New Kid on the Block
Gotham City has a new kid on the block, the fallen talon Calvin Rose. The question is will he become a permanent addition to the DC Universe, or will he soon fall by the wayside never to be remembered? I've done some serious research and some serious guess work, and I have an answer. It may very well be the wrong answer, but I have it nonetheless.
Know Your History!
I knew I was going to do this article well over a month ago, but only once I started mentally composing did I realize the enormity of this deceptively simple question. How can you predict the success for failure of a comic title? It's not like there is some simple formula you can plug in to decide these things. If there was, the comic book companies would have discovered it and would never have a flop.
It soon became clear that to truly make a good call as to whether or not Talon would succeed or fail, I had to know what had succeeded and failed in previous Batman spin offs. Before I started that, I had to define “success.” For the purpose of this article, any series that survived 36 issues is a success. If a series can garner enough readers to stay published for three years, it has to have made at least a moderate amount of money for DC, and that is a respectable run in my book. With this in mind, I dove into the back issues of DC's successes and flops and found several things I did not expect.
If you don't want a history lesson, just skip down to the section, “The Moral of the Story.”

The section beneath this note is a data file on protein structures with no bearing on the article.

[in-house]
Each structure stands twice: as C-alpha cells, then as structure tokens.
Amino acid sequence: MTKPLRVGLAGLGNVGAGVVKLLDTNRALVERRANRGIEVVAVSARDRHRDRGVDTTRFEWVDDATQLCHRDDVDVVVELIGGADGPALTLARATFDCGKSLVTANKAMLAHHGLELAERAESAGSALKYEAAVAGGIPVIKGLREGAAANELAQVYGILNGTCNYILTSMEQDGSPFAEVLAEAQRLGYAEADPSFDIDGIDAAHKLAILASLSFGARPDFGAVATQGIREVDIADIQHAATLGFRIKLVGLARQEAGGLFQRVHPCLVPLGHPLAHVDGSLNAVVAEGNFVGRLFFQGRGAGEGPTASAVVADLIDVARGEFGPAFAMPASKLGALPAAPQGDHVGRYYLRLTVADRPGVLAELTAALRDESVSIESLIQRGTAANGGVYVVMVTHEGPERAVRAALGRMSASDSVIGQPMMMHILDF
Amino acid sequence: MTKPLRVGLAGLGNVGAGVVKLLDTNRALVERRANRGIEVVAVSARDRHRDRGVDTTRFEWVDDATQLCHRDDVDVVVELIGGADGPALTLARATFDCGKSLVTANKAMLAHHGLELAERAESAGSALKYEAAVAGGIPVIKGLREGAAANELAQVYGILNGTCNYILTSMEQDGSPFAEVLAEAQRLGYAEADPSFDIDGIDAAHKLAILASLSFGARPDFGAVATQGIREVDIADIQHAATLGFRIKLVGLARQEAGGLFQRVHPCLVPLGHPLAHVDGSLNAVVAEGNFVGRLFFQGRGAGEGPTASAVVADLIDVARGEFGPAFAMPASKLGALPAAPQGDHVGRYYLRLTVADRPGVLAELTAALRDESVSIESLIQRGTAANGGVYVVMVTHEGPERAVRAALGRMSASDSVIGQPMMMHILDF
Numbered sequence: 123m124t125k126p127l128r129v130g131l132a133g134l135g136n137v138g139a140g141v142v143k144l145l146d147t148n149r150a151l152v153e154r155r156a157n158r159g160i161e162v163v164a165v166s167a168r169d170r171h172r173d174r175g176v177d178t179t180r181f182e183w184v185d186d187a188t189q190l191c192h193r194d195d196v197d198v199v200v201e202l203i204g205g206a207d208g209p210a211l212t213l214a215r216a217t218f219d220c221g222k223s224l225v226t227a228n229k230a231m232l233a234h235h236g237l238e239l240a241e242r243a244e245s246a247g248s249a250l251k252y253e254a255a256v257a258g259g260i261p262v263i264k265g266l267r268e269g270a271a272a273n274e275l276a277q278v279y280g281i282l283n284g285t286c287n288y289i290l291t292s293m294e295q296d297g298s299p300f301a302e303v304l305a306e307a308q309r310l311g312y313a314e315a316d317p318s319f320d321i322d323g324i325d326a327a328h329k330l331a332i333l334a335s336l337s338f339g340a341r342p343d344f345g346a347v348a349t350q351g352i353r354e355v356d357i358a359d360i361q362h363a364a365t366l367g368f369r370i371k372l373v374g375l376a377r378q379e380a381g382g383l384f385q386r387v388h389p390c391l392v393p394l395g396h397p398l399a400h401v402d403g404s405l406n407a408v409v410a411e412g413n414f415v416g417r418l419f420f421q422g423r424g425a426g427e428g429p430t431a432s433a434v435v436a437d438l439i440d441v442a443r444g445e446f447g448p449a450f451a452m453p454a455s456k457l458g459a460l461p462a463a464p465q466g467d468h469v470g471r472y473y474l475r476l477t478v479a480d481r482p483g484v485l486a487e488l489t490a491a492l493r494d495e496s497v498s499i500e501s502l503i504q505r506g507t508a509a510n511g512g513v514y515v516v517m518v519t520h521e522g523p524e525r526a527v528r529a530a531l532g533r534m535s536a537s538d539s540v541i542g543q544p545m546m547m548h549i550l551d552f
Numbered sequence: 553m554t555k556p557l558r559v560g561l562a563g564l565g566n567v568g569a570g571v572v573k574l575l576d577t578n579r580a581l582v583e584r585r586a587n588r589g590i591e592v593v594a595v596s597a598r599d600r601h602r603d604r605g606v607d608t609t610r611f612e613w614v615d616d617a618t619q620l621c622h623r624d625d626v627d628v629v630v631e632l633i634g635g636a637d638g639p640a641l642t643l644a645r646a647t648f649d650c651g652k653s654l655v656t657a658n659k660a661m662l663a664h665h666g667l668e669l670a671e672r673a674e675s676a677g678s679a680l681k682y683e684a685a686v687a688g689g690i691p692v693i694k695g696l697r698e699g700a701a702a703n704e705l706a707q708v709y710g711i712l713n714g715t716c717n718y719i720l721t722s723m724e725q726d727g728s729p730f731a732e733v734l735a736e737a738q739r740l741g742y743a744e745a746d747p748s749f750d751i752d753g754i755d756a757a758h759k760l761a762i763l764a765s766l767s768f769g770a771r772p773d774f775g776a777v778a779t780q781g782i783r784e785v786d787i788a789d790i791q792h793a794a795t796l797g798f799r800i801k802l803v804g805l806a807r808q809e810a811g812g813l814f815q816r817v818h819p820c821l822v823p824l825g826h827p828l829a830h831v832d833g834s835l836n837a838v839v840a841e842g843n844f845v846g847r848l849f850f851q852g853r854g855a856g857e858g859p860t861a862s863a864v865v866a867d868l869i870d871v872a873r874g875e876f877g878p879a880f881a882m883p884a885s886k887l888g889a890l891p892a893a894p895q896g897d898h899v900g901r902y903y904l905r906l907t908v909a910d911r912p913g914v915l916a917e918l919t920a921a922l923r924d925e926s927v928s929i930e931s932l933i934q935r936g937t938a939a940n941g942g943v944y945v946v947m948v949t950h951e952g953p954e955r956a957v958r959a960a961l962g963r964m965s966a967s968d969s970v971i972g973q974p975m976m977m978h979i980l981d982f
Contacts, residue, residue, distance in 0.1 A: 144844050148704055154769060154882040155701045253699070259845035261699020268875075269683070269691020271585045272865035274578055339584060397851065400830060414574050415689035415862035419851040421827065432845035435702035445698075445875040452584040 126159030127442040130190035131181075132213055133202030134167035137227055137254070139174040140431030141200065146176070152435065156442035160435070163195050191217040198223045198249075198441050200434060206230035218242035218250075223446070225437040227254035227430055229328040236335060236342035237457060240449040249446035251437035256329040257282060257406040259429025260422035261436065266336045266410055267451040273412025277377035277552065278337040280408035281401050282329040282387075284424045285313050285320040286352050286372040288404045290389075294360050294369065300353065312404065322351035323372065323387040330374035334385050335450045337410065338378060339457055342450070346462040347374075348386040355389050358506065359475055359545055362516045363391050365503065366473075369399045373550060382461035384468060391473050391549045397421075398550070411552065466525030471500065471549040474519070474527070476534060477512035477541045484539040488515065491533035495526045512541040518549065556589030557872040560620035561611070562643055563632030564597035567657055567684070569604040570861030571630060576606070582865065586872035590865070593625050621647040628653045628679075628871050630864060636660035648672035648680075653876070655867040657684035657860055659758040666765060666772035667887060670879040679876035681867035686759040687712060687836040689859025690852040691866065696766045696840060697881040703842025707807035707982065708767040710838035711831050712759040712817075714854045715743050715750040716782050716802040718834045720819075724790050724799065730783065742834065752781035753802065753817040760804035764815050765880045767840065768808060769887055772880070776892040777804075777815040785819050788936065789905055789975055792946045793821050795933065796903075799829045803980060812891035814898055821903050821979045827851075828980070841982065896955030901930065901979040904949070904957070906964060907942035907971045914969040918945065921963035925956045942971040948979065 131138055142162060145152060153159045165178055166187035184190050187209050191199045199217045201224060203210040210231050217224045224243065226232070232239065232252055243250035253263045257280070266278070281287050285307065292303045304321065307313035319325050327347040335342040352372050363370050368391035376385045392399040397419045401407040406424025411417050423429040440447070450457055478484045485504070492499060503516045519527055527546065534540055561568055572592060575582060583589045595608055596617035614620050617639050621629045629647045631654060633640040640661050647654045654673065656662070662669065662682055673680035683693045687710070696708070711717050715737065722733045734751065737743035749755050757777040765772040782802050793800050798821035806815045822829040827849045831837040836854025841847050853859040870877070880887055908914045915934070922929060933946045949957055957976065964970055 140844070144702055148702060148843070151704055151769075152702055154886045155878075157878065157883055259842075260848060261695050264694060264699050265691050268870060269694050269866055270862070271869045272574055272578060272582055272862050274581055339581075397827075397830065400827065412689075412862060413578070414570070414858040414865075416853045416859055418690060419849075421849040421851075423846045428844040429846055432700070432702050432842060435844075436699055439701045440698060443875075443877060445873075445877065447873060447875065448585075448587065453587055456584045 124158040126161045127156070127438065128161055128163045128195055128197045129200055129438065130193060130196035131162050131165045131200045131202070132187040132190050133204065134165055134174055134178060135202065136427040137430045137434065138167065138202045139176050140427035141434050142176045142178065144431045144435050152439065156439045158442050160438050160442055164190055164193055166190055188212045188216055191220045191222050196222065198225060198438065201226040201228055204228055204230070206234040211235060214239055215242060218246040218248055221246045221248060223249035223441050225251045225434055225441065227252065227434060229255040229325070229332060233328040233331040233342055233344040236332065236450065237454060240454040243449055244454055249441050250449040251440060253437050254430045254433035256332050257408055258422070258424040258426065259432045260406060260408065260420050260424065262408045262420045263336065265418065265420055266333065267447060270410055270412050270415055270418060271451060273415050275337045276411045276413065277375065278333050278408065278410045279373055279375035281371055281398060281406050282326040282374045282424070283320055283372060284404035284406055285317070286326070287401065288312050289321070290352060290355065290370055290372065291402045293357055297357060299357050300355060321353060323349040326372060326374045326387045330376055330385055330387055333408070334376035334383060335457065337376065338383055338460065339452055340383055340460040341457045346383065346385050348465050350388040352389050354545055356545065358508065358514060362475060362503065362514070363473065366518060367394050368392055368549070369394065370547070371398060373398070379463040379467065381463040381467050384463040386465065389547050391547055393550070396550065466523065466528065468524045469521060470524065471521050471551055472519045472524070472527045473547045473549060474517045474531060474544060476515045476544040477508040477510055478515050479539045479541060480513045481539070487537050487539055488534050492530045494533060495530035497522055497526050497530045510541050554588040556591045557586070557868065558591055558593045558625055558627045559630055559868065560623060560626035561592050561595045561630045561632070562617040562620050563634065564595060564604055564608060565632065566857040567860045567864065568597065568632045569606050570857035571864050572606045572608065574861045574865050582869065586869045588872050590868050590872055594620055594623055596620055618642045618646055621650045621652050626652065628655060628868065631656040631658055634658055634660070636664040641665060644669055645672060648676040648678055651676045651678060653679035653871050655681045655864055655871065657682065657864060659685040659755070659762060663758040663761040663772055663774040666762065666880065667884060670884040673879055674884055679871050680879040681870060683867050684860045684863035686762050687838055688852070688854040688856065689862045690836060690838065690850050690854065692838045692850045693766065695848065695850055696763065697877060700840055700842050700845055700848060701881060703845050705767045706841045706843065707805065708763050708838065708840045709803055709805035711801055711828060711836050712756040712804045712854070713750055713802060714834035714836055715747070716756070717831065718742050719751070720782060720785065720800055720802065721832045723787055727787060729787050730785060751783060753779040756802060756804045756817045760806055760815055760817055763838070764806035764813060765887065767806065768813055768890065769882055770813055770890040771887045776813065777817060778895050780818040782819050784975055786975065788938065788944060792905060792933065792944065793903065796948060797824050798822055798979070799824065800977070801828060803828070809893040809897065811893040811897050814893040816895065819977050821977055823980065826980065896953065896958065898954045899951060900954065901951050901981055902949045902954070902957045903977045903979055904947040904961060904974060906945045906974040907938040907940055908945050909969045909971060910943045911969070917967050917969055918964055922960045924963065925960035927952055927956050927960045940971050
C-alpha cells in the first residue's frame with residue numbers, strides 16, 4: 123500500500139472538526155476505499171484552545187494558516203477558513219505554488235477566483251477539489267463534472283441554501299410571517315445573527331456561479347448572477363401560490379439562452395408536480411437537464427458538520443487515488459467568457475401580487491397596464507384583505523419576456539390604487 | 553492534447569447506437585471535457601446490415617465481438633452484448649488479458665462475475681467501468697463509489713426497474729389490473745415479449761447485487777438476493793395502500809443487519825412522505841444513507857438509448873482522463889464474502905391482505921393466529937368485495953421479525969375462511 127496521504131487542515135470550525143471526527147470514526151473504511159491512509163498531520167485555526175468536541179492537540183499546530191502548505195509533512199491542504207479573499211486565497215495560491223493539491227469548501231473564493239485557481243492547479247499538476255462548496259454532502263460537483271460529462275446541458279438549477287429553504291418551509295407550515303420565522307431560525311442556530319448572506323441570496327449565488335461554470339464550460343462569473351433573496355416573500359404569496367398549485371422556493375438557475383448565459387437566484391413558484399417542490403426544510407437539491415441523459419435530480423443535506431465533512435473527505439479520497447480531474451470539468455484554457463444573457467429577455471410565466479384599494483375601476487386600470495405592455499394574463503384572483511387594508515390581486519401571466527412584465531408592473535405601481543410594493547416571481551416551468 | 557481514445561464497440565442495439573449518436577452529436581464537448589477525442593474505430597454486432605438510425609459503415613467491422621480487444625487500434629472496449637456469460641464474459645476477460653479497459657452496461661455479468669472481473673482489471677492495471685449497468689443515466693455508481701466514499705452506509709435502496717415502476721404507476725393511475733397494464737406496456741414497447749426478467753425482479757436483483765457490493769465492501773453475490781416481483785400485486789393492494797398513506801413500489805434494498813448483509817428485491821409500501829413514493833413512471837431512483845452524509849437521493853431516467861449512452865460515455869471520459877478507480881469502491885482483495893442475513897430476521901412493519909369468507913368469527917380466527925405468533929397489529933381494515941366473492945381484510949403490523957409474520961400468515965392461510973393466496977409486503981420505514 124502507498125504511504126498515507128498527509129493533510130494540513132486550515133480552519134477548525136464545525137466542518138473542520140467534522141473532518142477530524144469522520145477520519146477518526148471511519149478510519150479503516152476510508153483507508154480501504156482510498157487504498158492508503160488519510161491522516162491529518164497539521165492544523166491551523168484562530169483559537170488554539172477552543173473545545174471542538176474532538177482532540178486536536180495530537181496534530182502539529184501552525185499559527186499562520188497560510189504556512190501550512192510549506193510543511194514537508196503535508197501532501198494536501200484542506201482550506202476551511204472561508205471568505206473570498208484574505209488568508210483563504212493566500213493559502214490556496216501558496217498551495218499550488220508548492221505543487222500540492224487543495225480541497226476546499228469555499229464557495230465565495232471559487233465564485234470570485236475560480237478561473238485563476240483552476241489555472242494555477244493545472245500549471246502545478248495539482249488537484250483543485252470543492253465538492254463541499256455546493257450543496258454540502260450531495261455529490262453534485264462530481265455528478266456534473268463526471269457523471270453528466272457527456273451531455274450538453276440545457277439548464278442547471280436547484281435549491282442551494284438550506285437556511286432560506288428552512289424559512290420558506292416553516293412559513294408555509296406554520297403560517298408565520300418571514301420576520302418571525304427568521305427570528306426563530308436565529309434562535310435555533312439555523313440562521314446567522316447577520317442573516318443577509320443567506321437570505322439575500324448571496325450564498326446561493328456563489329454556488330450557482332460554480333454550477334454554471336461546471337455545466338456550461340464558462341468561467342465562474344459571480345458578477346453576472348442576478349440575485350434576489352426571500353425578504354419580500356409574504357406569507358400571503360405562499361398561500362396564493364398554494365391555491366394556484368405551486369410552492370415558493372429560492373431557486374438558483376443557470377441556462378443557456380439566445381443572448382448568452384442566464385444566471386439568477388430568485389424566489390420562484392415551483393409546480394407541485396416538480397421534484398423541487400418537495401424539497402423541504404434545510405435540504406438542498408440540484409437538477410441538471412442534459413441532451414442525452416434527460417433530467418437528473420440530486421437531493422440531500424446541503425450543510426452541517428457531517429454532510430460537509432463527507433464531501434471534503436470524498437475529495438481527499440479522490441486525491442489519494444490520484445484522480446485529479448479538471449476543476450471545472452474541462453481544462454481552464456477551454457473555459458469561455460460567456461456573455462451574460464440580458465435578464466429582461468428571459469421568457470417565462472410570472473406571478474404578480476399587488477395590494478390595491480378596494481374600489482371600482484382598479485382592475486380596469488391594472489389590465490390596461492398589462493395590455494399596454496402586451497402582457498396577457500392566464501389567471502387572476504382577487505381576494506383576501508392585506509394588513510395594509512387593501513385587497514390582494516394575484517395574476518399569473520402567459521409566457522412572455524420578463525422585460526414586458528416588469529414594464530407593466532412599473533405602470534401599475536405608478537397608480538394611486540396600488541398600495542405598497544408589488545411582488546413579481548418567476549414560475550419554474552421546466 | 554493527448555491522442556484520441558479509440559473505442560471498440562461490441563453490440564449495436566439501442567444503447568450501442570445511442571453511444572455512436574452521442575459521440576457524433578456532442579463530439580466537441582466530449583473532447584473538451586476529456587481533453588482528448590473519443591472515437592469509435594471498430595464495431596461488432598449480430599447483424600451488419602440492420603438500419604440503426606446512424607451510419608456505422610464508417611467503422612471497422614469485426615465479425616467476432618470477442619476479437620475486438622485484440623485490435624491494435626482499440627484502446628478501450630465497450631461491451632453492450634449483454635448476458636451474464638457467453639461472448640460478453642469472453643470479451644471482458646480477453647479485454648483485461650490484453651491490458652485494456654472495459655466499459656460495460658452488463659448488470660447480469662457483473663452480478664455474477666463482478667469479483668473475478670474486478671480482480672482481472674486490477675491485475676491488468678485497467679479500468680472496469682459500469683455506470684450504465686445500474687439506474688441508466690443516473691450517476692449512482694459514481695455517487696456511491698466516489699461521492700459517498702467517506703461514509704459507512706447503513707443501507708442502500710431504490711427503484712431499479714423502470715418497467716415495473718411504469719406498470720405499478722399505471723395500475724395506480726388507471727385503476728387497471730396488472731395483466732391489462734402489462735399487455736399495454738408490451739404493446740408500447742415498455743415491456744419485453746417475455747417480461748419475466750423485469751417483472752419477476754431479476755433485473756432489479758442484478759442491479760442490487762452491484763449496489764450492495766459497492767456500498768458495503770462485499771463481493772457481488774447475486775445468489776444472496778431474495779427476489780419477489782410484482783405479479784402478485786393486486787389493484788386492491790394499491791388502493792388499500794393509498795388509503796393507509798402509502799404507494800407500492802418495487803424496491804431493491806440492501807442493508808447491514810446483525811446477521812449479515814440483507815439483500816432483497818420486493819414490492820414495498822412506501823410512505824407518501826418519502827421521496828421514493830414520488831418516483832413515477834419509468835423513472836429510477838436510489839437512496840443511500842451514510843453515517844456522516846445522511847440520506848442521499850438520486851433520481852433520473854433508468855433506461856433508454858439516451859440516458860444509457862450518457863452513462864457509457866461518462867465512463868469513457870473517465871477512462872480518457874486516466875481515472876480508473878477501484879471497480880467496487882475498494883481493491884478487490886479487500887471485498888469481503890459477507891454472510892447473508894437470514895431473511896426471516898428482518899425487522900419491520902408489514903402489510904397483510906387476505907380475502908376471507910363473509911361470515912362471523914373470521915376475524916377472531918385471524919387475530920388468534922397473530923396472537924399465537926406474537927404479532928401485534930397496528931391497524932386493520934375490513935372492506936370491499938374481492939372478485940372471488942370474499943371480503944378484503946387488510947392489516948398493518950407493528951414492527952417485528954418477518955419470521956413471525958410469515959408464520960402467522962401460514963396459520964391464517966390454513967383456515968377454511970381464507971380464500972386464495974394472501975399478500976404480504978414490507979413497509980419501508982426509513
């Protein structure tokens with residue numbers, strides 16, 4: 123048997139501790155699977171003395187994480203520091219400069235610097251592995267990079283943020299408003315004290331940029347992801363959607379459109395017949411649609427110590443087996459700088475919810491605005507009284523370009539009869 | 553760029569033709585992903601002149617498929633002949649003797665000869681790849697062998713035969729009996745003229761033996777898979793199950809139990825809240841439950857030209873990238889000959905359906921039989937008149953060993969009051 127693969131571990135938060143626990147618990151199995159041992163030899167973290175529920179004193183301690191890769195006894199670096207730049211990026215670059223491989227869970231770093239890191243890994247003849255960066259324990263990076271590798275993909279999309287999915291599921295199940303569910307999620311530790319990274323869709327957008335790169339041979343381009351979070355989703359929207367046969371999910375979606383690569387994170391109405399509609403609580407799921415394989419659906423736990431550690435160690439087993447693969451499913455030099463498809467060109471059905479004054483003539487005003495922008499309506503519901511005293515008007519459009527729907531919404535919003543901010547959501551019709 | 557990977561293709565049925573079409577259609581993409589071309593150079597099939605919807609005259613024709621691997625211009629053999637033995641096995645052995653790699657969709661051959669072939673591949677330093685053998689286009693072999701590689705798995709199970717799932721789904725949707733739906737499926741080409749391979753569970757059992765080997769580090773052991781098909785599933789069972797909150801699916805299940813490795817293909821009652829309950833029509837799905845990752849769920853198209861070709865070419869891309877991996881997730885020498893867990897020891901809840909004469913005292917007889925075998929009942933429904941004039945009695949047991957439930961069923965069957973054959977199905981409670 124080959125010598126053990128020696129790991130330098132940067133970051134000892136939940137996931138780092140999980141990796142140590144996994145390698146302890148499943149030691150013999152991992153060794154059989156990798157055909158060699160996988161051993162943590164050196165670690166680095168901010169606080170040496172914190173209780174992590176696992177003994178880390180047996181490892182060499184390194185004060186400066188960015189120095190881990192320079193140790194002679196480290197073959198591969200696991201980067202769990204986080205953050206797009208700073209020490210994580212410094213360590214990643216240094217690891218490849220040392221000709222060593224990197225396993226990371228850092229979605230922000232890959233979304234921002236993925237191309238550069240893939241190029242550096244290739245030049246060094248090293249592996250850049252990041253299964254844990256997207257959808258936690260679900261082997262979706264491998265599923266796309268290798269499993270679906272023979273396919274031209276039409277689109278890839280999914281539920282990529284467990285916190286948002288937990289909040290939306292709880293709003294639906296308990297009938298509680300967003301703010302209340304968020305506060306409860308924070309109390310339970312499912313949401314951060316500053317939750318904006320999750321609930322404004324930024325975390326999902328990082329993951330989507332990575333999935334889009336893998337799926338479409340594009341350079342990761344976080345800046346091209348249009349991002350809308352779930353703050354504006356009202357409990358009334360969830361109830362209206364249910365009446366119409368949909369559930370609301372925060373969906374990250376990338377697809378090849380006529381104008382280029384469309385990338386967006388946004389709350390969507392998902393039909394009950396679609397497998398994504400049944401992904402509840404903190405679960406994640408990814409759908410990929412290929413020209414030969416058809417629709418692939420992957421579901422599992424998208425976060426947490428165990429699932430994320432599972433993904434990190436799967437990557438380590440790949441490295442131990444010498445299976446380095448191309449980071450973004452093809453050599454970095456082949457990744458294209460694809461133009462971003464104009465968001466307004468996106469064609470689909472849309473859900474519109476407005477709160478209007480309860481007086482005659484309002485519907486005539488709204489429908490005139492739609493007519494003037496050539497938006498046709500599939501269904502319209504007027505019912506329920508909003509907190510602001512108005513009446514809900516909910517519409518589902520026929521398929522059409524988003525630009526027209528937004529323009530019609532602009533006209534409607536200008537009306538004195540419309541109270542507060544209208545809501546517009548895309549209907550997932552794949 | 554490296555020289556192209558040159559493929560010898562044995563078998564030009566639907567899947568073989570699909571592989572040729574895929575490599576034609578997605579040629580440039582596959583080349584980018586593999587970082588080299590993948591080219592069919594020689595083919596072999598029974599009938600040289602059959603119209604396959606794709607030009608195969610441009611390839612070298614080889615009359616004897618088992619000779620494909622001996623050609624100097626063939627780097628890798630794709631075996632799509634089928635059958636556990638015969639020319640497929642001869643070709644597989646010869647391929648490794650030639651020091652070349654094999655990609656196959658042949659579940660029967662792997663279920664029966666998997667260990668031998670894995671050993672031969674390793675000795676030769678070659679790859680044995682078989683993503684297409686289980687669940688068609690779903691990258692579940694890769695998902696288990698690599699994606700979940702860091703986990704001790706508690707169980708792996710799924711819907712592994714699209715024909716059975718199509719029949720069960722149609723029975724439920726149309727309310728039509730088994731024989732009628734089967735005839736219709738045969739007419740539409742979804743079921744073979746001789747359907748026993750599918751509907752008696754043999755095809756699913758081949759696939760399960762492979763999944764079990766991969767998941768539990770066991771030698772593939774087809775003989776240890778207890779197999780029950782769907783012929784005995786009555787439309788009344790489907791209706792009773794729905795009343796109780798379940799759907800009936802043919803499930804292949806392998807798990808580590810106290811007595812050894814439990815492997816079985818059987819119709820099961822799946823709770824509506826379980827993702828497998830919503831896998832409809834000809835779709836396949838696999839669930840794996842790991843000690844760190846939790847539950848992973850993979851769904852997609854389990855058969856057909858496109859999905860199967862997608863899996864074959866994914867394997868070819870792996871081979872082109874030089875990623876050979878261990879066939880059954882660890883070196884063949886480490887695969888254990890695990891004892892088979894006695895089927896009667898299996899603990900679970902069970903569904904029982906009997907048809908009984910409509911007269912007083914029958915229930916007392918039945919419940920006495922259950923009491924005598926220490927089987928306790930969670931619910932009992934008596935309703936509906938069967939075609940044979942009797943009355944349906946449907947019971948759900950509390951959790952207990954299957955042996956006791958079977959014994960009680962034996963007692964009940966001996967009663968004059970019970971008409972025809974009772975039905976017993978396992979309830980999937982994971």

When Did Batman Become a Bat Family?
Any comic fan will tell you that Batman has had two ongoing comics since the beginning of time and a plethora of other books carrying his adventures over the years, but Bat Family books are a different matter altogether. Now days, we think little about having nineteen different titles that tie closely with the Batman books, but it was not always so.
The move from Batman to Bat Family took quite some time. The first step to truly expanding the Batman universe was back in 1966 with the formation of the Teen Titans. I realize that only one of the comics' five original stars originated from a Batman title, but this was the first time a member of the family, Robin, truly operated separately from Batman and formed his own identity. The next attempt to build Batman into more of brand than a character came in 1975 with the release of two new titles, Joker and Bat Family. Did you know that? Joker had his own ongoing series which lasted a grand total of nine issues before going down in flames. Batman Family, which starred Robin and Batgirl, fared a little better lasting a whopping total of twenty issues before getting canceled. However, the wall started crumbling a little in the 1980's when Perez took hold of the Teen Titans and made them one of the most successful titles of the decade. Teen Titans actually had two titles going simultaneously at one point in the eighties, and DC finally saw the potential for profit in expanding the Bat Family titles. Batman and the Outsiders spun off in 1983 and became a regularly recurring team which always managed at least moderate success, and Huntress came out in 1989 though it was canceled after 19 issues.